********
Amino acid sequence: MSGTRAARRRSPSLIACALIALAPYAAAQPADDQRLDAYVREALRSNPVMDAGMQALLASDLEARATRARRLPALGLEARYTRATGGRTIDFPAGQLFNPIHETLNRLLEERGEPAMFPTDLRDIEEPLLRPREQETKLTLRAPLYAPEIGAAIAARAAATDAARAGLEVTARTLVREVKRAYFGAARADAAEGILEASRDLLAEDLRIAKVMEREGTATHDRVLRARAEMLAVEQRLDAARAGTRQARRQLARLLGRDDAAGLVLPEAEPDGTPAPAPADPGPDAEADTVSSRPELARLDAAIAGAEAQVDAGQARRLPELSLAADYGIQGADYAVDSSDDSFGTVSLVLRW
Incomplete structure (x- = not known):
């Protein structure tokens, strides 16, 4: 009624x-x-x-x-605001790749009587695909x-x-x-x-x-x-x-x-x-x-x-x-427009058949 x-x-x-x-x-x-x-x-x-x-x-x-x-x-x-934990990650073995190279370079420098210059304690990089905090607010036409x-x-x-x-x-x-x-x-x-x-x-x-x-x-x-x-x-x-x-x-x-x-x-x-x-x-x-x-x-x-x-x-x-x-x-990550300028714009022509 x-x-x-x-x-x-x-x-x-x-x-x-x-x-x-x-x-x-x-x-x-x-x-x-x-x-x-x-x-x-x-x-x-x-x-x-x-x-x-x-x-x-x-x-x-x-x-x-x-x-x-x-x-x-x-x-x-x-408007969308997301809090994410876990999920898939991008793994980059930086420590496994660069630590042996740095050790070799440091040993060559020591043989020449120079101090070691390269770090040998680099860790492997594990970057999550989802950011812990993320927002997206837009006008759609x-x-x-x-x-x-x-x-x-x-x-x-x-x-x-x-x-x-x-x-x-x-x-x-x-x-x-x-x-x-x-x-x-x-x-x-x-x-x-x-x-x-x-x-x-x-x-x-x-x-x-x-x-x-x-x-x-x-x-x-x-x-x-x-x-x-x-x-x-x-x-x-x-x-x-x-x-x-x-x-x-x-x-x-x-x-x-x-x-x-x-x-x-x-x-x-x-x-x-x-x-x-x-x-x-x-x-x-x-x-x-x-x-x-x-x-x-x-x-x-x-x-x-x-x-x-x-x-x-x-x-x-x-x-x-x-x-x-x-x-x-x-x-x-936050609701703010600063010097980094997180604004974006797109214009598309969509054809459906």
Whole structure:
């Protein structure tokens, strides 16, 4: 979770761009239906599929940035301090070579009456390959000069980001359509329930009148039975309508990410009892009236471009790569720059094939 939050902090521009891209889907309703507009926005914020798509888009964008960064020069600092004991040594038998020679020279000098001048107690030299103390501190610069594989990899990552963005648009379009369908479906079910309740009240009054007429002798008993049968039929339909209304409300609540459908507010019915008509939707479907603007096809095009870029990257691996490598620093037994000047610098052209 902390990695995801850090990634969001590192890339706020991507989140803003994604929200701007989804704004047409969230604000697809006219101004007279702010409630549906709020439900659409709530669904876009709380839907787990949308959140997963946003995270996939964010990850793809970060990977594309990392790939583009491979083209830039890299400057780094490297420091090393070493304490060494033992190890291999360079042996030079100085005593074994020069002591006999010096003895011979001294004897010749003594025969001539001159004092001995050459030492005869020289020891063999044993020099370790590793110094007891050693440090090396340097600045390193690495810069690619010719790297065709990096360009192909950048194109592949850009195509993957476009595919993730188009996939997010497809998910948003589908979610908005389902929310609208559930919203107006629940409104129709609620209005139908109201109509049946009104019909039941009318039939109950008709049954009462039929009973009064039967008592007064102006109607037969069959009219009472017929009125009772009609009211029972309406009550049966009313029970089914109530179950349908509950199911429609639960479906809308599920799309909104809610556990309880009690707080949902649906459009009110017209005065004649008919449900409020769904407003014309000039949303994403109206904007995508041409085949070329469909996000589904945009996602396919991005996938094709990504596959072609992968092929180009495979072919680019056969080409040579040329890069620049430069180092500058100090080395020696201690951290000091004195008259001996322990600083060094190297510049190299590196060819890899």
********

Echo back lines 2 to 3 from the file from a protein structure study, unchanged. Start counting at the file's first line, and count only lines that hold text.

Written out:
Incomplete structure (x- = not known):
């Protein structure tokens, strides 16, 4: 009624x-x-x-x-605001790749009587695909x-x-x-x-x-x-x-x-x-x-x-x-427009058949 x-x-x-x-x-x-x-x-x-x-x-x-x-x-x-934990990650073995190279370079420098210059304690990089905090607010036409x-x-x-x-x-x-x-x-x-x-x-x-x-x-x-x-x-x-x-x-x-x-x-x-x-x-x-x-x-x-x-x-x-x-x-990550300028714009022509 x-x-x-x-x-x-x-x-x-x-x-x-x-x-x-x-x-x-x-x-x-x-x-x-x-x-x-x-x-x-x-x-x-x-x-x-x-x-x-x-x-x-x-x-x-x-x-x-x-x-x-x-x-x-x-x-x-x-408007969308997301809090994410876990999920898939991008793994980059930086420590496994660069630590042996740095050790070799440091040993060559020591043989020449120079101090070691390269770090040998680099860790492997594990970057999550989802950011812990993320927002997206837009006008759609x-x-x-x-x-x-x-x-x-x-x-x-x-x-x-x-x-x-x-x-x-x-x-x-x-x-x-x-x-x-x-x-x-x-x-x-x-x-x-x-x-x-x-x-x-x-x-x-x-x-x-x-x-x-x-x-x-x-x-x-x-x-x-x-x-x-x-x-x-x-x-x-x-x-x-x-x-x-x-x-x-x-x-x-x-x-x-x-x-x-x-x-x-x-x-x-x-x-x-x-x-x-x-x-x-x-x-x-x-x-x-x-x-x-x-x-x-x-x-x-x-x-x-x-x-x-x-x-x-x-x-x-x-x-x-x-x-x-x-x-x-x-x-x-936050609701703010600063010097980094997180604004974006797109214009598309969509054809459906």